The project’s aim is to create a highly accurate, easy-to-use real-time map of confirmed aurora sightings. The idea is that this will increase your chances of seeing the rare beautiful northern lights during the maximum of the solar cycle (2012-2014). It’s the first solar maximum with social media, and the chance to Tweet about aurora sightings is a powerful way to spread information. Backed by Los Alamos National Laboratory (LANL), the project aims to build a predictive capability for the lights' visibility based on citizen scientists’ positive and negative sightings and through social media.


When citizen scientists are able to see the auroras (northern or southern lights), LANL researchers would like to know the observers’ locations so the researchers can map visibility for others to see. The aim of aurorasaurus is to help as many people as possible know when the aurora is visible in their neighborhood, accurately and in real-time. No scientific knowledge or jargon is required, just the ability to navigate the map and enter simple observations. If you went looking for aurora and weren’t able to see it, that is also valuable information.


LANL is also using volunteered geographic information for space science and computer science related research.

Project Details

  • PRINCIPAL SCIENTIST: Elizabeth MacDonald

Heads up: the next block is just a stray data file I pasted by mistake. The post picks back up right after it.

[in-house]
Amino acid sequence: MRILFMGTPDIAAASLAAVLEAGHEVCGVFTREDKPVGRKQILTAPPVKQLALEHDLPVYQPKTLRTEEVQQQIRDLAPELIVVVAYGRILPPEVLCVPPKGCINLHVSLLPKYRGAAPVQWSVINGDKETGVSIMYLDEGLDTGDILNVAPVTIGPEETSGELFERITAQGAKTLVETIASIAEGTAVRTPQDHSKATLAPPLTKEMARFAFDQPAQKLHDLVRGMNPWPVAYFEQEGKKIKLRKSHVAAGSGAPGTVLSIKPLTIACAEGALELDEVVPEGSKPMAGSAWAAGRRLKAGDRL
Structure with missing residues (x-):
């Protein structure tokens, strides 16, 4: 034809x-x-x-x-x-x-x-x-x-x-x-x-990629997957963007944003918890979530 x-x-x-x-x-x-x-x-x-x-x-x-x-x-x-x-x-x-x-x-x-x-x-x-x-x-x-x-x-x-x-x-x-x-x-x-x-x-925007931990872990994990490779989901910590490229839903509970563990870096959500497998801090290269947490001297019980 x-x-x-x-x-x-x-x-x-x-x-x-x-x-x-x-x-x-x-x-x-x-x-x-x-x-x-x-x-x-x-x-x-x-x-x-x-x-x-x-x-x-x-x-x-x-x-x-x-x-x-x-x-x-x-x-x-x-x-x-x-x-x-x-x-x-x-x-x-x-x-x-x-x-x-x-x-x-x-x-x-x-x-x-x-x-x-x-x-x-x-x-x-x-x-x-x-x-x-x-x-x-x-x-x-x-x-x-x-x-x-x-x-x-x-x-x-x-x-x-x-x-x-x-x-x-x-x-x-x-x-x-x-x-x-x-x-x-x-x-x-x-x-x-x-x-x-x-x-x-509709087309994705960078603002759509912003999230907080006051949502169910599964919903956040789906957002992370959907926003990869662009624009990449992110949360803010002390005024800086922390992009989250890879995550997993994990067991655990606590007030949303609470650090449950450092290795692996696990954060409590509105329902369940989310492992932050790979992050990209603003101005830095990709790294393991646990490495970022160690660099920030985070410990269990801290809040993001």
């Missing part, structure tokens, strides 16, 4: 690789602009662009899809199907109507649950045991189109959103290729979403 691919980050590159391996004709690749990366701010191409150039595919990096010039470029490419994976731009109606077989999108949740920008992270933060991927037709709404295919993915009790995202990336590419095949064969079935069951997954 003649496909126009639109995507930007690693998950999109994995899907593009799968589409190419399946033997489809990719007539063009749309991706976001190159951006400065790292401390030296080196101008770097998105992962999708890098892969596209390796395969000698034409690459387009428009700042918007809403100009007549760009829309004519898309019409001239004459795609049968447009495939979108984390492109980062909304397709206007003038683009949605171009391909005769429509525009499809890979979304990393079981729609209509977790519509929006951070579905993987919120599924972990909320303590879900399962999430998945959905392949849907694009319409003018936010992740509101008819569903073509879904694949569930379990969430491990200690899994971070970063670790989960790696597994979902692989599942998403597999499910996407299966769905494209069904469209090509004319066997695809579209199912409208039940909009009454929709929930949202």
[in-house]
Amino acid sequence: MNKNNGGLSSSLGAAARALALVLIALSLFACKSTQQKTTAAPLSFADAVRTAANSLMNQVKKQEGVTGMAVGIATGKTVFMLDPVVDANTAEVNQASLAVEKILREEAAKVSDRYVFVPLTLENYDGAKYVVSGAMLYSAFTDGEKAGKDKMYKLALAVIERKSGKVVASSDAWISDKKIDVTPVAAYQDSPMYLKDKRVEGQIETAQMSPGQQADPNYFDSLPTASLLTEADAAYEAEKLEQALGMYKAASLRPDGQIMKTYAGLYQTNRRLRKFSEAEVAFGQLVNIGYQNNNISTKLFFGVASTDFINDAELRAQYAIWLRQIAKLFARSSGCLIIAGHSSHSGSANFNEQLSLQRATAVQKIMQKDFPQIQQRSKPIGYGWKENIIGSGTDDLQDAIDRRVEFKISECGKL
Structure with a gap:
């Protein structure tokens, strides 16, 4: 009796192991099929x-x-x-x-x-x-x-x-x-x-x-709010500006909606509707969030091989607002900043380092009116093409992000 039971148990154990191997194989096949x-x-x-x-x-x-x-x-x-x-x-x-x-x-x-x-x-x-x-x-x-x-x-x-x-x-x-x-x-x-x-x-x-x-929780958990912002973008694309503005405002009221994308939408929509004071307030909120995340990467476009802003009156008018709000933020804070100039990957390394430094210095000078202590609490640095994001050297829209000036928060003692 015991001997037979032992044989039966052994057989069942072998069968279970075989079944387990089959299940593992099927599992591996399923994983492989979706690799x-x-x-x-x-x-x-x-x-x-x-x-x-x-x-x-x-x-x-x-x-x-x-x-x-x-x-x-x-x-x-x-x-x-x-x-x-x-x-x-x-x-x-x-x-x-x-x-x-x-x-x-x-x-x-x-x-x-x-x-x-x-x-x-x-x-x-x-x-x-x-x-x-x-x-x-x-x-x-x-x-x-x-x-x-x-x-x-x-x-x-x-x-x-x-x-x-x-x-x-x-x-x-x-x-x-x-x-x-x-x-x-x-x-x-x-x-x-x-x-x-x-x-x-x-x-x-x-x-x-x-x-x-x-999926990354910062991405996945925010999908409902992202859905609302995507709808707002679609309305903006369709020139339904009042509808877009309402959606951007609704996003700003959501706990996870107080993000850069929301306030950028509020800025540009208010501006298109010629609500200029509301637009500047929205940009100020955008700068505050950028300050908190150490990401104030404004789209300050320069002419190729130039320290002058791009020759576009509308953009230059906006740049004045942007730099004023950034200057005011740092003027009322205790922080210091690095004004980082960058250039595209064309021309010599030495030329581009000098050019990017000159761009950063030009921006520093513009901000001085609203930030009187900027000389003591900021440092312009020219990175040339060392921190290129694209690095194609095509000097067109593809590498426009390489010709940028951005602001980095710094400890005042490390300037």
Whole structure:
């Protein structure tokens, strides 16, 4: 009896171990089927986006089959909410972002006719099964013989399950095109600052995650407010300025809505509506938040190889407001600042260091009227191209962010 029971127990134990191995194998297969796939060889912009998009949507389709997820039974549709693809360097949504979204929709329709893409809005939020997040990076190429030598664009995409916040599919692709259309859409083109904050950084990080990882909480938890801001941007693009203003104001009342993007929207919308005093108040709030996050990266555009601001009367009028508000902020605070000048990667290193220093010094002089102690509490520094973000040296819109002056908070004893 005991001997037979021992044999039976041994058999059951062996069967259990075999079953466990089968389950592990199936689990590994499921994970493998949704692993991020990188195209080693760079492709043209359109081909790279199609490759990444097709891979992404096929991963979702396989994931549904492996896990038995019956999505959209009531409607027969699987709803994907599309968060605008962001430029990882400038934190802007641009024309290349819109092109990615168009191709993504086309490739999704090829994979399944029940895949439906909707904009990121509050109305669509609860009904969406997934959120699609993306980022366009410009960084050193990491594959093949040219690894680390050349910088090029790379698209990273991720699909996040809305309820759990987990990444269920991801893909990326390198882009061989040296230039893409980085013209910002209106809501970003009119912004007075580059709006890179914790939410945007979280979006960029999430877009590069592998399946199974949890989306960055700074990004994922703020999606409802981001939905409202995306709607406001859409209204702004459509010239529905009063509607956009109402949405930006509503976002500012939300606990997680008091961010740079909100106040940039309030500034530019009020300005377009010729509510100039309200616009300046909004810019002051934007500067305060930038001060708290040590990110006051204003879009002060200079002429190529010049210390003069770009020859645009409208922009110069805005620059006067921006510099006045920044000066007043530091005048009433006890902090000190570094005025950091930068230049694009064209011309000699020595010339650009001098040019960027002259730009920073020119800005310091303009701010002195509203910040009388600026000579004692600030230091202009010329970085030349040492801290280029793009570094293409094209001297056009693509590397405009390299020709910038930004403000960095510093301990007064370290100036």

• SCIENTIST AFFILIATION: Los Alamos National Laboratory
  • DATES: Ongoing
  • PROJECT TYPE: Observation
  • COST: Free
  • GRADE LEVEL: All Ages

    Simply visit Aurorasaurus and report on what you did or did not see. Check the main map for information about what others are seeing and read more about the project.

See more projects in FreeObservationAll Ages.

What Is Citizen Science?

Research often involves teams of scientists collaborating across continents. Now, using the power of the Internet, non-specialists are participating, too. Citizen Science falls into many categories. A pioneering project was SETI@Home, which has harnessed the idle computing time of millions of participants in the search for extraterrestrial life. Citizen scientists also act as volunteer classifiers of heavenly objects, such as in Galaxy Zoo. They make observations of the natural world, as in The Great Sunflower Project. And they even solve puzzles to design proteins, such as FoldIt. We'll add projects regularly—and please tell us about others you like as well.

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